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Friday, Feb. 22, 2008



Tomonao Hara

Staff writer

Amusician of many stripes, 41-year-old trumpeter Tomonao Hara, a recent collaborator with New York-based trumpeter Brian Lynch, revisits an old haunt this weekend to show three different sides of his personality.

Tomonao Hara
Tomonao Hara

Hara, who performed on the film score for Takeshi Kitano's yakuza flick "Brother" (2000), is known for precise playing and a straight-ahead jazz style. But for the first of his three nights at Shinjuku's Pit Inn, he will play with veteran classical trumpeter Sachio Hotokezaka of the NHK Symphony Orchestra, alongside 10 other brass musicians.

Known as WHP, the jazz-classical unit allows Hara to show off his virtuosity and classical training, while at the same time leading what amounts to a swing brass band.

On the second night, Hara heads a trio with electric bassist Jiro Okada and drummer Hiroyuki Noritake. The trio's program will be heavy on electric funk, allowing Hara to indulge in lengthy solos over the experienced rhythm duo.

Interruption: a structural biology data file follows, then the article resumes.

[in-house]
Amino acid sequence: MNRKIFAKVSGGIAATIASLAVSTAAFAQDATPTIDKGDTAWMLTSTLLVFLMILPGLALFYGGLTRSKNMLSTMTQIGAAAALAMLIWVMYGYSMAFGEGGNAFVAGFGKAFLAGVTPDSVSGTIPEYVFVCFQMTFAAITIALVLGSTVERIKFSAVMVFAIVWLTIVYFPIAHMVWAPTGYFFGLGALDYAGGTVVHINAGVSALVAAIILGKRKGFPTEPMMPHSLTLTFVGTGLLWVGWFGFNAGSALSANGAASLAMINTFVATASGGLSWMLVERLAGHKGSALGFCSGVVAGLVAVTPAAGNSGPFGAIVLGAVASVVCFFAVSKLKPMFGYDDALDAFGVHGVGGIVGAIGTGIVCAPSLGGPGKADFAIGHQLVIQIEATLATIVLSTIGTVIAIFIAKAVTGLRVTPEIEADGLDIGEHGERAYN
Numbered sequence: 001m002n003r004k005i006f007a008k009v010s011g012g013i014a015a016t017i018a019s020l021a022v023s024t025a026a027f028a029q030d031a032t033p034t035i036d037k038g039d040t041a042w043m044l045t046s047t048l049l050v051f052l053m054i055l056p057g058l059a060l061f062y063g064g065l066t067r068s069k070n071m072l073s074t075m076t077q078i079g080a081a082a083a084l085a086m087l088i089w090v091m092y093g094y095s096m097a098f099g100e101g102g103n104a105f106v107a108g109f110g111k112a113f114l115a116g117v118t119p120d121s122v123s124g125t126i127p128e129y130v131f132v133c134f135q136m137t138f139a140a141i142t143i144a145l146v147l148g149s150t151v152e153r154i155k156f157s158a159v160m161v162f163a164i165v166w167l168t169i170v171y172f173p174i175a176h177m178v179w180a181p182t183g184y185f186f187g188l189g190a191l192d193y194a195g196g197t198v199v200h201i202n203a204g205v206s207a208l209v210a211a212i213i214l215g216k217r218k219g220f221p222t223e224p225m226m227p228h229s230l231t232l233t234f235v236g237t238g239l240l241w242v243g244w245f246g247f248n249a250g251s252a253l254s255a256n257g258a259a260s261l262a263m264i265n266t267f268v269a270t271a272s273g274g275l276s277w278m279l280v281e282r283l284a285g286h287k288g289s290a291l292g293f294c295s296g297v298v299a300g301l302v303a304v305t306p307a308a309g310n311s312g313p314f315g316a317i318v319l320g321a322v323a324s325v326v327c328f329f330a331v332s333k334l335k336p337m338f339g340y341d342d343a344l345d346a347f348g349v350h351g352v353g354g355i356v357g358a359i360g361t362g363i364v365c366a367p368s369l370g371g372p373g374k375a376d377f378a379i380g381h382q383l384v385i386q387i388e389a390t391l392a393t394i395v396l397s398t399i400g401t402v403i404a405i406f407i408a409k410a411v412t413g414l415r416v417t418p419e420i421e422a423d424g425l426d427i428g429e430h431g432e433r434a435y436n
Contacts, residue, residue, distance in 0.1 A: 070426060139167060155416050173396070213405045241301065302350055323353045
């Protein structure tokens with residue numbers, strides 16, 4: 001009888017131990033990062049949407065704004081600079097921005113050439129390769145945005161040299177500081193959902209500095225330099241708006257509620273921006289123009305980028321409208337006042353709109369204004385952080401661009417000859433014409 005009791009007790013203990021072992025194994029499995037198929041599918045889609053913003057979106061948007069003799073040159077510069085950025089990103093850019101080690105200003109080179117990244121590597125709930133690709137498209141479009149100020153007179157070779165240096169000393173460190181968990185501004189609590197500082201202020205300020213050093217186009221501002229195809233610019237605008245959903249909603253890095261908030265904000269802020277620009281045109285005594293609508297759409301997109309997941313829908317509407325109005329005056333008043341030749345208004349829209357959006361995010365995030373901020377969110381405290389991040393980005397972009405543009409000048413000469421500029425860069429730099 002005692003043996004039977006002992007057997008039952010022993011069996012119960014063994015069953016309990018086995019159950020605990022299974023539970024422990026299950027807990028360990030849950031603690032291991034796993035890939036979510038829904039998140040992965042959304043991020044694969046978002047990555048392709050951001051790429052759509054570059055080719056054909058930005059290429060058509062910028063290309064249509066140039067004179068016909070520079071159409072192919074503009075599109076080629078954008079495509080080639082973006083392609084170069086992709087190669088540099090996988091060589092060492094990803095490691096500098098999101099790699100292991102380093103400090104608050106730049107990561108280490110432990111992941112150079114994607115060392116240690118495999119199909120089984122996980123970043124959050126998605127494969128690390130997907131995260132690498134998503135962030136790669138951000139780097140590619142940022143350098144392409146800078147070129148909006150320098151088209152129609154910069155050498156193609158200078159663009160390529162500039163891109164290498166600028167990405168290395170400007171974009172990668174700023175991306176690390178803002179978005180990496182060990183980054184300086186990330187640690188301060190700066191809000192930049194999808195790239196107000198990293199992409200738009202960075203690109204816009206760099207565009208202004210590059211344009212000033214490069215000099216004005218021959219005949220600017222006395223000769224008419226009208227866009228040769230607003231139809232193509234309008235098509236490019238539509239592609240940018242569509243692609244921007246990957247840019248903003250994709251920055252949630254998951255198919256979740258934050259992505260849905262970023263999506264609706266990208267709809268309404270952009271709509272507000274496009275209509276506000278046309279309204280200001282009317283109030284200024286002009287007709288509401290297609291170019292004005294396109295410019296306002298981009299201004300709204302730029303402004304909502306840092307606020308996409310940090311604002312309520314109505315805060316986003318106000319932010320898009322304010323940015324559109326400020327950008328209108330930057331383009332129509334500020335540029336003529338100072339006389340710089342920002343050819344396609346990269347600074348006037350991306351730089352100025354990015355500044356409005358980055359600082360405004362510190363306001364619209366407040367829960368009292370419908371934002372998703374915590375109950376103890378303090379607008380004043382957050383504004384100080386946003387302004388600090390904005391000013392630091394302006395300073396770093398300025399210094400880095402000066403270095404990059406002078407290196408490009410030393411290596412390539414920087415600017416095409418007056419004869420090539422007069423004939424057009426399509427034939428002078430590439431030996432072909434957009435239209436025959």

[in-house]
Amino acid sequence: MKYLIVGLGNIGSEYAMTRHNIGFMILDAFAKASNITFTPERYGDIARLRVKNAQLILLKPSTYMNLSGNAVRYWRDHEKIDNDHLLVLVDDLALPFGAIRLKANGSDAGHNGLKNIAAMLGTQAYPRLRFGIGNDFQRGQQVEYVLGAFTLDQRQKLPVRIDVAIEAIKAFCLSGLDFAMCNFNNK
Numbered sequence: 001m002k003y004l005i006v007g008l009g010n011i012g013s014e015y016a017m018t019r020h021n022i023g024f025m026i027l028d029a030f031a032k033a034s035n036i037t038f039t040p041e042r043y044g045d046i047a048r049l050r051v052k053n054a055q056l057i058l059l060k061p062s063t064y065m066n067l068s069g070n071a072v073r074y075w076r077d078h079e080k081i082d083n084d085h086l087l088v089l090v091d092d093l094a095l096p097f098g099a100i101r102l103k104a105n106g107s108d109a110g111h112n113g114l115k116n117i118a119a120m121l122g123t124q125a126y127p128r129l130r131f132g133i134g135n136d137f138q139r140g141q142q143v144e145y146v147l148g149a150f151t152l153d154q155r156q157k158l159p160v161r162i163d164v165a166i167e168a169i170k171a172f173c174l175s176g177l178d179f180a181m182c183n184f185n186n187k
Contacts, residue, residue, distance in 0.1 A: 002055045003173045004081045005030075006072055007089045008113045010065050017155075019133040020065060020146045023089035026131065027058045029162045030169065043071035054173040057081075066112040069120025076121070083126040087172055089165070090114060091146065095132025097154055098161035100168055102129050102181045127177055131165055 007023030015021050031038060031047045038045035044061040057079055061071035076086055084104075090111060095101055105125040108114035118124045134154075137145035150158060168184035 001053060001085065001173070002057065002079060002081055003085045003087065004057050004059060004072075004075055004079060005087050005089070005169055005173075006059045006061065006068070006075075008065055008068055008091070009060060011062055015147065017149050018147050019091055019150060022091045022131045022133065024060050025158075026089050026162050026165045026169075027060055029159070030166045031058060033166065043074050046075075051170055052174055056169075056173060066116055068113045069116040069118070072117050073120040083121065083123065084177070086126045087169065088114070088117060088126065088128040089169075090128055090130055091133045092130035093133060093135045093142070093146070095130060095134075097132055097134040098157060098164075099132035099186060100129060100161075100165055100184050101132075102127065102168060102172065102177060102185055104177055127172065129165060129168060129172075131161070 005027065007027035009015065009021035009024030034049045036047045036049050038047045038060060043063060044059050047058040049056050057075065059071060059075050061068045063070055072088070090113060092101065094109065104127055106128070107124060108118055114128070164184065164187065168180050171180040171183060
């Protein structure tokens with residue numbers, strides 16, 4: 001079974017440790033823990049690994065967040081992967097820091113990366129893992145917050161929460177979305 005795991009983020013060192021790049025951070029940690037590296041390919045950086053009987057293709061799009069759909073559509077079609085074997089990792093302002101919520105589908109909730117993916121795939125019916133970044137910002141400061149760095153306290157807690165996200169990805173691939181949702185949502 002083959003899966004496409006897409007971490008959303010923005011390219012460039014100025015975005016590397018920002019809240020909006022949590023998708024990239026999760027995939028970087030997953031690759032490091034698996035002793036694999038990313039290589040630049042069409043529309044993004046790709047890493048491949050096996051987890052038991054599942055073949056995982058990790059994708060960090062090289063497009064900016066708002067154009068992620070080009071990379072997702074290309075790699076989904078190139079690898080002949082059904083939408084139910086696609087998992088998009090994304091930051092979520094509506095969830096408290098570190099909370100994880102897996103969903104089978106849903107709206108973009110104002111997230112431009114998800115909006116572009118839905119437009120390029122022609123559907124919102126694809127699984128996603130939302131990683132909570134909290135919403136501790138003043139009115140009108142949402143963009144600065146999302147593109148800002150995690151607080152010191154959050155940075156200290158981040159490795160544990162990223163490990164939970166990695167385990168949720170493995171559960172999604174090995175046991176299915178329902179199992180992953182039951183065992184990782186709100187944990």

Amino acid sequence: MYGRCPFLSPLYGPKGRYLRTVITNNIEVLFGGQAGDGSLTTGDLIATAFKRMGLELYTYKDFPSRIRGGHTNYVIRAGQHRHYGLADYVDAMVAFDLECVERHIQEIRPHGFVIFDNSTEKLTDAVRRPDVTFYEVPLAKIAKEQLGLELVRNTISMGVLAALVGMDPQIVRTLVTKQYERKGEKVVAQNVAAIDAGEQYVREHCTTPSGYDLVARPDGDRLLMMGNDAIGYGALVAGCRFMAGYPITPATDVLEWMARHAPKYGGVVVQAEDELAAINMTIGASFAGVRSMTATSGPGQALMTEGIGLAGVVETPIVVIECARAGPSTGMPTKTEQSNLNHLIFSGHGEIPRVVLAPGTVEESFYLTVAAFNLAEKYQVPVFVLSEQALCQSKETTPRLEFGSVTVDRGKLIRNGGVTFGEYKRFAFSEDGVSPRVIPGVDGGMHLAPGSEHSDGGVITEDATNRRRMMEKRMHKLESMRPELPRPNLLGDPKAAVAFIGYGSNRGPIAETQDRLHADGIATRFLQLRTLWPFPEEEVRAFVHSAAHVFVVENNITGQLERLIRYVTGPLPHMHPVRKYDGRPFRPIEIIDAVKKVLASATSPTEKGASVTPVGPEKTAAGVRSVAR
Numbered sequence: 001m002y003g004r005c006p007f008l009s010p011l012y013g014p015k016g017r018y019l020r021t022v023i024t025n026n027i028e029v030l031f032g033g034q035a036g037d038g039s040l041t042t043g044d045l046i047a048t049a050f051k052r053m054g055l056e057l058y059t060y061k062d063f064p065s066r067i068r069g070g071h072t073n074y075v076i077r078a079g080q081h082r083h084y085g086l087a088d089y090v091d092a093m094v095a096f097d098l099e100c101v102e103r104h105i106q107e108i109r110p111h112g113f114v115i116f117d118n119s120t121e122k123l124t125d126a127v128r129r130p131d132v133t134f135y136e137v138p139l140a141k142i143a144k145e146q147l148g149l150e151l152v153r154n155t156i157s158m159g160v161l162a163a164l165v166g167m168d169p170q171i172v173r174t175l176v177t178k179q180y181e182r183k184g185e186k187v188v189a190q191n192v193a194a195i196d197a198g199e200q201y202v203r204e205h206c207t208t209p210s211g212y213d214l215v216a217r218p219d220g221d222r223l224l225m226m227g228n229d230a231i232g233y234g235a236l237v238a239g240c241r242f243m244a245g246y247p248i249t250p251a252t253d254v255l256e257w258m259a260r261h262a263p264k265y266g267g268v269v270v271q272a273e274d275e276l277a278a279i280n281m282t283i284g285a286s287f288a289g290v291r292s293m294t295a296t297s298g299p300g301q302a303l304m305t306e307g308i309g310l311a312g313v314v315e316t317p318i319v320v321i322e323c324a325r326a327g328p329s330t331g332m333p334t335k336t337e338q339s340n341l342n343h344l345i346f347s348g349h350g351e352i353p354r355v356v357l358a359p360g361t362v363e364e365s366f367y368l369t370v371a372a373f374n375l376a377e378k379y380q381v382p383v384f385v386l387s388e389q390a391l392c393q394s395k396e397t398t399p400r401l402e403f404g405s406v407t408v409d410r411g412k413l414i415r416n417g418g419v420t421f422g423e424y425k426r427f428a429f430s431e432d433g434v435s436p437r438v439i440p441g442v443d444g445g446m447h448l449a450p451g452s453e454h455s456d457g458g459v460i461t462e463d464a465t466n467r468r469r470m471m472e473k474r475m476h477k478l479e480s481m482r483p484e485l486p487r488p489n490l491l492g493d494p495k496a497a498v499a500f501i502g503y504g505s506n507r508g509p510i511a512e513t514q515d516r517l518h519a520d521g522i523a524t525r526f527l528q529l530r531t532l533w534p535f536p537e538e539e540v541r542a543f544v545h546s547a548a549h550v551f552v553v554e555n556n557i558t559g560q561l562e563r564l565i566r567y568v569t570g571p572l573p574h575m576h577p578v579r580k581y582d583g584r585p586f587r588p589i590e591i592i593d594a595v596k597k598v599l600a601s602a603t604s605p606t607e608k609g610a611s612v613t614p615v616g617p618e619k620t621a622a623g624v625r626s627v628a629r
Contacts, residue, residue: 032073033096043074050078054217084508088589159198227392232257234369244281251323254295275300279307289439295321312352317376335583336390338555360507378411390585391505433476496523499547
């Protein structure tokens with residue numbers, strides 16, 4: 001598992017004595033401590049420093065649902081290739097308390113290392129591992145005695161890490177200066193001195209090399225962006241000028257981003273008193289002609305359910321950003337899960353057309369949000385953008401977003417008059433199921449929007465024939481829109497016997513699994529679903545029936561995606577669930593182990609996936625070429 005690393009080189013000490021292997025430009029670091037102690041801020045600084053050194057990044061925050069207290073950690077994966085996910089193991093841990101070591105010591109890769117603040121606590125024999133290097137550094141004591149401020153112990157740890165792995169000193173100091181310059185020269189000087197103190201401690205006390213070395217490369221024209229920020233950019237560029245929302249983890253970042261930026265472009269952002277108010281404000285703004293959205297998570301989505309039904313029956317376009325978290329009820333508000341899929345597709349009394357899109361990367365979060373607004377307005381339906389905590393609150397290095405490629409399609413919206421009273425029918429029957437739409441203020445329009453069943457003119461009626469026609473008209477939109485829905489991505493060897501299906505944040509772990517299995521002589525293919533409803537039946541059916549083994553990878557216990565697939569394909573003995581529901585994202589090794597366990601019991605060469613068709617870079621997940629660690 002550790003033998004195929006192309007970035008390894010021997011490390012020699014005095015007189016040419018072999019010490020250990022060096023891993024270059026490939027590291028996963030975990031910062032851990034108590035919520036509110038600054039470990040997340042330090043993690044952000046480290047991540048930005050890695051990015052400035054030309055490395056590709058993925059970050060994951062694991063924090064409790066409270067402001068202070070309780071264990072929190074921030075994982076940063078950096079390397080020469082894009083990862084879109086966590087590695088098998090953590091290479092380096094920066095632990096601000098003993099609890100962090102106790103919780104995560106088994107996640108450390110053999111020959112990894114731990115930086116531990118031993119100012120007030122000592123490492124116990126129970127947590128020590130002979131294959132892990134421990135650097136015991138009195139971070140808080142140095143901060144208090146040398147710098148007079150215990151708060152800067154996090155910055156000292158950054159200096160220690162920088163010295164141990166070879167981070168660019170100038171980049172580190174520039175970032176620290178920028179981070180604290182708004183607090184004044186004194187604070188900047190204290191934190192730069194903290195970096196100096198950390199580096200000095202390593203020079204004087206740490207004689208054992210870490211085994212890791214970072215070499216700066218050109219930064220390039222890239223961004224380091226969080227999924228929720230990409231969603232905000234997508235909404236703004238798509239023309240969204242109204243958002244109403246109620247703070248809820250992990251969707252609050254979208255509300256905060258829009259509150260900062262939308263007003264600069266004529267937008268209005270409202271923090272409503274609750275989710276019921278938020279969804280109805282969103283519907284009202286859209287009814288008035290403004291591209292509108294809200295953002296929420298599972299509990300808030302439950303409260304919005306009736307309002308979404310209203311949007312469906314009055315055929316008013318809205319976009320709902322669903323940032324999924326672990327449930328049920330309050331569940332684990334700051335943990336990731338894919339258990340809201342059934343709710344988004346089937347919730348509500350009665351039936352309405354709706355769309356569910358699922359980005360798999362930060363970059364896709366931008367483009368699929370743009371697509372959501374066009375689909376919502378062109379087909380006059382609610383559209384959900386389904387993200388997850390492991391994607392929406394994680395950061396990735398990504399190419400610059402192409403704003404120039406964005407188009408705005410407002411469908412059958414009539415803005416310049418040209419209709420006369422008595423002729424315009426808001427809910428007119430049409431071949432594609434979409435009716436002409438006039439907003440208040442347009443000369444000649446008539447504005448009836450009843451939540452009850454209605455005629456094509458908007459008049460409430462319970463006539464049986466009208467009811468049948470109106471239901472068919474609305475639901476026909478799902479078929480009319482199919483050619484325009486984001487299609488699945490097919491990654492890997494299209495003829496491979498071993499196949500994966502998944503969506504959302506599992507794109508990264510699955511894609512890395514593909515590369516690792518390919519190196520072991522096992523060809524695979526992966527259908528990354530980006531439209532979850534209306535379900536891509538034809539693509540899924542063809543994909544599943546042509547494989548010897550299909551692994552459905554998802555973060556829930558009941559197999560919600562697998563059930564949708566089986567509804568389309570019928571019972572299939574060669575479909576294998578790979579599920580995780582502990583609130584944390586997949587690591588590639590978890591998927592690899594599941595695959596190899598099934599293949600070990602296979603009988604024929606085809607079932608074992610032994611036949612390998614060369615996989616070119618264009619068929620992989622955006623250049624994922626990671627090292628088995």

The final night finds Hara in a duet with his longtime collaborator, pianist and arranger Yuki Arimasa. His playing is usually hyperactive and kinetic, sprinting through passages, so it will be fun to see how Hara keeps up and how the dynamic plays out. Though both favor recording standards on their own albums, Arimasa's compositions (usually written for his trio) should get a fresh take when Hara's trumpet takes the lead.

For a musician who has not released an album in nearly half a decade, this may be Hara's way of finding out which path next to take in his career.

Tomonao Hara plays Shinjuku Pit Inn, Tokyo Feb. 22-24, 8 p.m. start. Tickets are ¥3,000 (includes one drink); tel. (03) 3354-2024.

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